Break­ing Glass

GA Voice - - Front Page -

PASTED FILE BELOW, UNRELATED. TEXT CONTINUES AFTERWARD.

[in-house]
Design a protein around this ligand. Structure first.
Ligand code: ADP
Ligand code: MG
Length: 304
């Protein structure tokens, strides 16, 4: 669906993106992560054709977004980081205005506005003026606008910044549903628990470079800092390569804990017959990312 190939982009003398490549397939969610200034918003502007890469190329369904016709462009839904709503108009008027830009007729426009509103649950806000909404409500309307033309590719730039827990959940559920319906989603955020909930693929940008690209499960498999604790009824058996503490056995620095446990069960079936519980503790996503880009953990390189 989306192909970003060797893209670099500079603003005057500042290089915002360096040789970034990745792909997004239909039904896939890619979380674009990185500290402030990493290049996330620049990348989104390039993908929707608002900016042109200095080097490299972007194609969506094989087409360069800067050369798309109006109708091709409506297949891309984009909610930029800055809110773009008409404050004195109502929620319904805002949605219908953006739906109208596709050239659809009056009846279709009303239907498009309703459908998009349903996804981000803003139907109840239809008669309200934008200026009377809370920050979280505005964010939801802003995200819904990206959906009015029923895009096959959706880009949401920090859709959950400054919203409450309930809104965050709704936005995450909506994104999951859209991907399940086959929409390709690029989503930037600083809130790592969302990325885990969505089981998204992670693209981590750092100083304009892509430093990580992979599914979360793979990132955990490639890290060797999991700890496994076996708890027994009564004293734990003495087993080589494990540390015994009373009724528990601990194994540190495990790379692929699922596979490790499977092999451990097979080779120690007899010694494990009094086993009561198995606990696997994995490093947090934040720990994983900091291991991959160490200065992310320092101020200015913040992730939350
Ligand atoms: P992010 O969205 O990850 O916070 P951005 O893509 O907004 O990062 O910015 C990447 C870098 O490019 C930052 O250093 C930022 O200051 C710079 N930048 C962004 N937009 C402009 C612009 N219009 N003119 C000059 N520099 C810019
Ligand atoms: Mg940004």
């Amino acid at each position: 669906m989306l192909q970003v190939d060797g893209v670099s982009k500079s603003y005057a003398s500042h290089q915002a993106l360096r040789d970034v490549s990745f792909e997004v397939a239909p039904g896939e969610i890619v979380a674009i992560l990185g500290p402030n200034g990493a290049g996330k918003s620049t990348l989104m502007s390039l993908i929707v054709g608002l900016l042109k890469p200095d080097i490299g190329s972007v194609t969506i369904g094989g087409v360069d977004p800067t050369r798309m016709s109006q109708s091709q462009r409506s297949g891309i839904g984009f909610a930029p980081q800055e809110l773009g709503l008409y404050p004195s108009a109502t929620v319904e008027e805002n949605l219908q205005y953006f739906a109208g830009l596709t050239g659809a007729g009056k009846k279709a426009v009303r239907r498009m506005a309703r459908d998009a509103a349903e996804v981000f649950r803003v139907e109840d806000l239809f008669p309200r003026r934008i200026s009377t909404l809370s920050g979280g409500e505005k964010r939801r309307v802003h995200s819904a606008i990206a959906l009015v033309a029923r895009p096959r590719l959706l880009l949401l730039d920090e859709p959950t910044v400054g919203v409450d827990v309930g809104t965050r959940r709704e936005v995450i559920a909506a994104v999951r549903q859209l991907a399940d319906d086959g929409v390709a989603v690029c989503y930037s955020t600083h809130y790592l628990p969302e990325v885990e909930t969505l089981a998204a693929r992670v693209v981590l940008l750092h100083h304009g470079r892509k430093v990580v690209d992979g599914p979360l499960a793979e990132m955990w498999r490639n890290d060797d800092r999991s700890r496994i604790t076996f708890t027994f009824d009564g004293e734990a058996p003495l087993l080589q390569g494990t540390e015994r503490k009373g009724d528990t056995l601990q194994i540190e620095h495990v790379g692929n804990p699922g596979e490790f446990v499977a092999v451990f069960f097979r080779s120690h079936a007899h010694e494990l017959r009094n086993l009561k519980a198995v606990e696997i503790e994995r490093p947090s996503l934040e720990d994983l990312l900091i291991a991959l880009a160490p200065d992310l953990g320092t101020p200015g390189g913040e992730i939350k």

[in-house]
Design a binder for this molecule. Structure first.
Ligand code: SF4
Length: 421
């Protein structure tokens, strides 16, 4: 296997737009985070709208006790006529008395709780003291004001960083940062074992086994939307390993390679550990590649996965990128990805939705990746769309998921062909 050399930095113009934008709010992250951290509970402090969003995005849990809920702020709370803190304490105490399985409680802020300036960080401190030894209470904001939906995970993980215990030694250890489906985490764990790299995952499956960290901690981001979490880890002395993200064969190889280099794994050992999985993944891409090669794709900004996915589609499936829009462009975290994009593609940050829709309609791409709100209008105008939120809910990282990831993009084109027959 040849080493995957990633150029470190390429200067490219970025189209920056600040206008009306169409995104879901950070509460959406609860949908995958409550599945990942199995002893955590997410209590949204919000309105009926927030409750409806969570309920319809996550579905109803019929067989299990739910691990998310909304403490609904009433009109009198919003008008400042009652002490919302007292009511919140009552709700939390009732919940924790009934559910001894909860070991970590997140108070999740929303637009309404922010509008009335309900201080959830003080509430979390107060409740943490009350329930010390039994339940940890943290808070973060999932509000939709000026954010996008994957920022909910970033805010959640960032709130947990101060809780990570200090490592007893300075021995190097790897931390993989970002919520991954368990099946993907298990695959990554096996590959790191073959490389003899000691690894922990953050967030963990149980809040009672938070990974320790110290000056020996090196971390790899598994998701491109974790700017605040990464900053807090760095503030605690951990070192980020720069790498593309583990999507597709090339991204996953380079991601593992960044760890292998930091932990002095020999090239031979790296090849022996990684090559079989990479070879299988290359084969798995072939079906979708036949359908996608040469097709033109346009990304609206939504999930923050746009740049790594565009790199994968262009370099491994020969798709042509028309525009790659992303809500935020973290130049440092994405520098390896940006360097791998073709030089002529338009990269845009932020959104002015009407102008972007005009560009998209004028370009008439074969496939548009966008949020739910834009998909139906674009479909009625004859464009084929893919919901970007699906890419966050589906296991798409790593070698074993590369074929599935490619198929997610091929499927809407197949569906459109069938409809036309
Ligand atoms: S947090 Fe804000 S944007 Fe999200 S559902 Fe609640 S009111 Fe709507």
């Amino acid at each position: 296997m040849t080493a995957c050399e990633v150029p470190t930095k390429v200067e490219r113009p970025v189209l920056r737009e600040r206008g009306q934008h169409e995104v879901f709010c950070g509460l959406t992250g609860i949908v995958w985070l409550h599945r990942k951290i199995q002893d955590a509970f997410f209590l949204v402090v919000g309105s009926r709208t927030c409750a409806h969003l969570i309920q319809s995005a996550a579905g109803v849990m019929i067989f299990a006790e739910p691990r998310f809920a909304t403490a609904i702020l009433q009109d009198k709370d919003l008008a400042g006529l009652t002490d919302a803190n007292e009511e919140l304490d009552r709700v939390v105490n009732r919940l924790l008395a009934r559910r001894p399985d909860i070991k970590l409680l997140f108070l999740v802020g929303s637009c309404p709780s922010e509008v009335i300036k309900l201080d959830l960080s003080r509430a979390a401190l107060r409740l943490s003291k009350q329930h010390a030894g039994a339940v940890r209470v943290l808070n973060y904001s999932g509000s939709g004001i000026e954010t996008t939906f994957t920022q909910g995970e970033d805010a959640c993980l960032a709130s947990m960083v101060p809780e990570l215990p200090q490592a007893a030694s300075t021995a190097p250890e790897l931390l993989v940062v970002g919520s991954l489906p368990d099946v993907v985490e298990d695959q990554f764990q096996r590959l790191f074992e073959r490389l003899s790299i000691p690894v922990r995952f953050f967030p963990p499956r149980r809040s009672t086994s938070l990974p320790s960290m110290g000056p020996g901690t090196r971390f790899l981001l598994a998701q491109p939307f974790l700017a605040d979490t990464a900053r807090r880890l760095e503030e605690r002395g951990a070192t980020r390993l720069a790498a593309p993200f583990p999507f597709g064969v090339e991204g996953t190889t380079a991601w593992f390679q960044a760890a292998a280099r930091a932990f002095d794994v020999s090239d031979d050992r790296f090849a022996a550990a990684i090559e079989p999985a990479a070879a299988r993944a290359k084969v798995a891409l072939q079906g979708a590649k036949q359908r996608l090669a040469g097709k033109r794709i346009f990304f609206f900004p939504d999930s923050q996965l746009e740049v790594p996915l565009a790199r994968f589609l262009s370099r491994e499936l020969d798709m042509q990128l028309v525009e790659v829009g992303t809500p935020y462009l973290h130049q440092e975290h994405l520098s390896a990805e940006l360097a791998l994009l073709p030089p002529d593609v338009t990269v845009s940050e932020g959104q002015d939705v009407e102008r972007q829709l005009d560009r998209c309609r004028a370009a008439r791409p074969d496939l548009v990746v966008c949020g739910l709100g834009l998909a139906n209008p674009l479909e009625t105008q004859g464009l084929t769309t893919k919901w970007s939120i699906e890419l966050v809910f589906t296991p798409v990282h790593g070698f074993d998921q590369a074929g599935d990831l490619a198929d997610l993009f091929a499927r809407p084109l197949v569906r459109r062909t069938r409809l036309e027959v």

Busk­ing isn’t the old­est pro­fes­sion, but it’s likely the sec­ond or third-old­est one. The word comes from the Span­ish bus­car, “to seek.” Tracy Chap­man and Josephine Baker be­gan their ca­reers as buskers. Bob Dy­lan and Robin Wil­liams busked in their day. Ac­cord­ing to 2007 sur­vey con­ducted by the StreetS­tage At­lanta (a busk­ing ad­vo­cacy group), the ma­jor­ity of At­lanta buskers were be­tween the ages of 26 to 45; half mar­ried and half sin­gle. Most groups con­sisted of two or three peo­ple. A quar­ter of At­lanta buskers were orig­i­nally from the city, and 75 per­cent of them were na­tive Ge­or­gians. As a group, buskers com­prise all kinds of street per­for­mances: jug­glers and cir­cus skills; magic, ac­ro­bats, comics, break-dancers, and sto­ry­tellers. This list leaves out the pleas­ing, es­o­teric busk­ings of fire-eat­ing, con­tor­tion, draw­ing, and es­capol­ogy, to say noth­ing of the ven­er­a­ble prac­tices of live-sta­tu­ing or snake-charm­ing. And, of course, busk­ing in­cludes mu­si­cians. Busk­ing, like most street arts, is widely prac­ticed and lit­tle un­der­stood, par­tic­u­larly by the denizens of the pedes­trian world. With this in mind, I sought an­swers from the mas­ters of the art. I specif­i­cally wanted mu­si­cians who had plied the trade in At­lanta. Miguel Lar­son, of the Or­lando-based act Rais­ing Cadence, de­scribed busk­ing in At­lanta as a great ex­pe­ri­ence. “We got to play at a cou­ple places, one be­ing near Olympic Park and we met a lot of cool peo­ple,” he says. “The area was vast and play­ful. Ev­ery­one passing through were hav­ing a great time, it was a per­fect time for us to play.” He rec­om­mends busk­ing “to all mu­si­cians, dancers, artists, etc. You never know what your ex­pe­ri­ence will en­tail … I be­lieve mu­si­cians busk just for that ex­po­sure. The money is great and very gen­er­ous, but we find our­selves busk­ing for that con­nec­tion with peo­ple.” The band Break­ing Glass has also busked here. The group is a dark, rag­time punk band from New York City, fronted by Joey Hil­bert and Grayson Con­nelly. Break­ing Glass has a re­volv­ing cast, Hil­bert says, “but we travel the coun­try and soon hope­fully the world look­ing for like-minded peo­ple and a good time.” In At­lanta, they per­form with a friend named Hayes John­son, a sideshow per­former. Hil­bert says Lit­tle Five Points is one of their “fa­vorite places to play, a lot of in­ter­est­ing peo­ple.” He de­scribes busk­ing in At­lanta: “The peo­ple [are] nice. We make a good amount of cash any­where we are, be­cause we have a very tal­ented crew that plays rag­time and it’s mu­sic for ev­ery­one.” “The cops were ass­holes,” Hil­bert says, “but that goes for just about any­where, and we do it be­cause we have no homes and are no­madic trav­el­ers who need to make a liv­ing. Of course, it all starts with the love of mu­sic and play­ing in front of an au­di­ence, but by the time you are trav­el­ing and old enough to un­der­stand that you need food to live and no one is go­ing to buy it for you, it be­comes a ne­ces­sity to breathe an­other day.” Hil­bert says “a good deal of kids who grew up poor and travel also busk and play an in­stru­ment.” That was why “peo­ple [busked] in our group of friends. We grew up with noth­ing and had to travel [and] play to find a place to stay.” A lit­tle le­gal re­search ar­gues Hil­bert’s point. Back in 2007, ac­cord­ing to StreetS­tage At­lanta, the rules were sim­ple. Busk­ing was le­gal on the city’s pub­lic prop­erty — as long as the buskers fol­lowed two sim­ple rules: no am­pli­fi­ca­tion, and no sin­gling out a par­tic­u­lar au­di­ence (or per­son) for money. That changed, thanks to Mayor Reed, Ju­lian Bond, and then-Coun­cil­woman Keisha Lance Bot­toms. Ac­cord­ing to a 2013 Cre­ative Loaf­ing ar­ti­cle, “The up­dated or­di­nance made it il­le­gal to ask for money within 15 feet of pretty much any place where peo­ple might gather, in­clud­ing the en­trances of pub­lic or private build­ings, city park­ing lots, and ATMs.” They were aim­ing for pan­han­dlers, and hit the mu­si­cians. The mis­fires weren’t long in com­ing.